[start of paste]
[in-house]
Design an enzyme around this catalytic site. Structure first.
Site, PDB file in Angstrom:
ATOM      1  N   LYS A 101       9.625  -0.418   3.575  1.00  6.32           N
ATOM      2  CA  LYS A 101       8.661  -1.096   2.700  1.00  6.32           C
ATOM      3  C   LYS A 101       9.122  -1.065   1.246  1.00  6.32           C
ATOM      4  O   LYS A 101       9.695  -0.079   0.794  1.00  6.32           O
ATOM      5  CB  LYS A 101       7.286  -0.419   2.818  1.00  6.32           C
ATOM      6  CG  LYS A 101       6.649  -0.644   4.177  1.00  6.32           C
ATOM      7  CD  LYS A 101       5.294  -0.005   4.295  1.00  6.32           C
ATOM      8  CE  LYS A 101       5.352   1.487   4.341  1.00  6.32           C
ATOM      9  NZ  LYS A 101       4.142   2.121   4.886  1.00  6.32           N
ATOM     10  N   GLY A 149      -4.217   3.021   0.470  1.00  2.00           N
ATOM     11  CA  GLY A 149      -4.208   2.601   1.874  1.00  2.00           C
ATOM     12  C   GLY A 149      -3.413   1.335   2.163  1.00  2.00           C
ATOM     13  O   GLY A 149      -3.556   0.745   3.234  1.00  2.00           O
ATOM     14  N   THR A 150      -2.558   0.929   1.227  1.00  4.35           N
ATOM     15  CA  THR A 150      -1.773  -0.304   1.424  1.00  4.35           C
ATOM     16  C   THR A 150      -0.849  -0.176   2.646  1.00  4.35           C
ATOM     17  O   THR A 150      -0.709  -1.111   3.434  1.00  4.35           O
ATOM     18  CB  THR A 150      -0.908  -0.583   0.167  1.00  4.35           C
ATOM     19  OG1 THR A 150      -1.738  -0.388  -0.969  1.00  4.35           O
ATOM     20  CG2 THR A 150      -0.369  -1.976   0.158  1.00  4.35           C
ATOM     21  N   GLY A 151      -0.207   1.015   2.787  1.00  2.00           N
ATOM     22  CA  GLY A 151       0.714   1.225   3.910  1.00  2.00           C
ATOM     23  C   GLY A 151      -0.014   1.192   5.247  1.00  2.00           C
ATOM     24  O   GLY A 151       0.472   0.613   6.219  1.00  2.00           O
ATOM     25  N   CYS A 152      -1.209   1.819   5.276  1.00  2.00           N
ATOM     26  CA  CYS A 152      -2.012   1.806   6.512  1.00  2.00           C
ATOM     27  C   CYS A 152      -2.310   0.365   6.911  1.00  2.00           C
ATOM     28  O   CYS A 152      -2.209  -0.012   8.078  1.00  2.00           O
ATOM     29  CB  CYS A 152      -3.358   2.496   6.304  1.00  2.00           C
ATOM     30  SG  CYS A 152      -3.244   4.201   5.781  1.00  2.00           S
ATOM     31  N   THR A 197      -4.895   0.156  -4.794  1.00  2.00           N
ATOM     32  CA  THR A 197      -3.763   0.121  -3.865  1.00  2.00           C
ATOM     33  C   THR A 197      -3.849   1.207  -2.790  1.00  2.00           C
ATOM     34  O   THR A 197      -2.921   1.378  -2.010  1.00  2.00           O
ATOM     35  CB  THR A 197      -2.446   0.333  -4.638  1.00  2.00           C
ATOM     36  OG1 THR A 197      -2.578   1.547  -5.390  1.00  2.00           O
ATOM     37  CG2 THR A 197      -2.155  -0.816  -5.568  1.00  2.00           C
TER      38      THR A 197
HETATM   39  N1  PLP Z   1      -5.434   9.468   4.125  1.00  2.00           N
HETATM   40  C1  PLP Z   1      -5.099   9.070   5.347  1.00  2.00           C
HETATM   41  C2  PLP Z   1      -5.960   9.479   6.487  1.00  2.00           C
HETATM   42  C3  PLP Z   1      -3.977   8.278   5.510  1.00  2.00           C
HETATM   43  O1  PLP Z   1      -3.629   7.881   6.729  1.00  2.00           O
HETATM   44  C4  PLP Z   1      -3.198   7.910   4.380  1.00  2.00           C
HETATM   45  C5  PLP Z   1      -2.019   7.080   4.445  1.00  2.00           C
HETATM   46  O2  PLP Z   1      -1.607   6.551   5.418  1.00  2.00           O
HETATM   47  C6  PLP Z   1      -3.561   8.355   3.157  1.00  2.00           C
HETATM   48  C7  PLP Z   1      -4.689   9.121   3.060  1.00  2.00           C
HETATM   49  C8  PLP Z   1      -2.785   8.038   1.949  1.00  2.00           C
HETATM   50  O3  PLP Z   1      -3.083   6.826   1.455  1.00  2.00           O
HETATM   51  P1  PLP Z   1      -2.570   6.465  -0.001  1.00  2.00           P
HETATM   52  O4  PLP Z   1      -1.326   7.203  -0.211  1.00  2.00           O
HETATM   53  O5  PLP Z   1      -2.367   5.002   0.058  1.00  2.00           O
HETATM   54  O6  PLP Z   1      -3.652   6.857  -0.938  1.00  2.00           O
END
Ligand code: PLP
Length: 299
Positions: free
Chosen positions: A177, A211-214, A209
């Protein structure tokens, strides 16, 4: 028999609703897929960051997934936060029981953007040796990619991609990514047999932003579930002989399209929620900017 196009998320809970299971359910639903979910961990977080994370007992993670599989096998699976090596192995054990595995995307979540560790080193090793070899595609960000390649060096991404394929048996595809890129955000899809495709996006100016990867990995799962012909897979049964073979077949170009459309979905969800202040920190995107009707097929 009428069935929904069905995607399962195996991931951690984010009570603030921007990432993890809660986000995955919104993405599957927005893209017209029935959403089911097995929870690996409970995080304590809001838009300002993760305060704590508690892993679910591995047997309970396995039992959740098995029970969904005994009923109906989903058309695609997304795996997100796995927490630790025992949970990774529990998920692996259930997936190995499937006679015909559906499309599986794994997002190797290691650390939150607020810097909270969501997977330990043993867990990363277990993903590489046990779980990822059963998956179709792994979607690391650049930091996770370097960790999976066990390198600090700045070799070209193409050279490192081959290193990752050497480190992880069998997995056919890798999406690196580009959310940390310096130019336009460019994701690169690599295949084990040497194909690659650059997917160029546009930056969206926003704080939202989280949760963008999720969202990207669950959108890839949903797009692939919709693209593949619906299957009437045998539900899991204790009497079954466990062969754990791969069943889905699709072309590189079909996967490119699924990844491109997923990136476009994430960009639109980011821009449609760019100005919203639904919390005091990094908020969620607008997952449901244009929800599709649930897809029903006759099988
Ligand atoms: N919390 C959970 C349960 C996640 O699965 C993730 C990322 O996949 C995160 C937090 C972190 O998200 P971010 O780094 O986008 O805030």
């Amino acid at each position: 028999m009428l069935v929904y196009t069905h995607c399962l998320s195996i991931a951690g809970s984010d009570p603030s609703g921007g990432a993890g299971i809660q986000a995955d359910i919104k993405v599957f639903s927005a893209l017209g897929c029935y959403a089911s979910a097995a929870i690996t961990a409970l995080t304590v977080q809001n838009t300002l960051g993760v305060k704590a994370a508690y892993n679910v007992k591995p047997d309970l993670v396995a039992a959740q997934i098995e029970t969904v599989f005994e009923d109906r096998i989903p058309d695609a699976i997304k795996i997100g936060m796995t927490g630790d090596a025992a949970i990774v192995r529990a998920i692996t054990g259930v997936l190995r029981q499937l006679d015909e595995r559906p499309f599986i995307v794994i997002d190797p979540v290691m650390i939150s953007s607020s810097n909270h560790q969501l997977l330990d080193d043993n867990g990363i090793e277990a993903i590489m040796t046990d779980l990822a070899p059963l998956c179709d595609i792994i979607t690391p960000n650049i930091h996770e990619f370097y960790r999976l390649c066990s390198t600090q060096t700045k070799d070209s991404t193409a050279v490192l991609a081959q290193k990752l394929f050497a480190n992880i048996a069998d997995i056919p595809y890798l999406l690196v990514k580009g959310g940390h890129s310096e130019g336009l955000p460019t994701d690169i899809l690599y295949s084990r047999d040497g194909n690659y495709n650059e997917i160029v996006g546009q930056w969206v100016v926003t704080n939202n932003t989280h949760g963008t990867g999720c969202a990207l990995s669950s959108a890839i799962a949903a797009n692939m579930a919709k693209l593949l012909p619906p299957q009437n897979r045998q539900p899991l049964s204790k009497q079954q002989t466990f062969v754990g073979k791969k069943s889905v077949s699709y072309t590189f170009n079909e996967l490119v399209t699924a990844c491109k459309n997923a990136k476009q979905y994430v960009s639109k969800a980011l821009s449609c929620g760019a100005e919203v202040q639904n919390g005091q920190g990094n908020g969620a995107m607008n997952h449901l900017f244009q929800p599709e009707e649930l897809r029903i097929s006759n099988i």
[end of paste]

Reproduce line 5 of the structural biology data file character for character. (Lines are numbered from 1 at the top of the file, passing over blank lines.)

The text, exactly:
ATOM      2  CA  LYS A 101       8.661  -1.096   2.700  1.00  6.32           C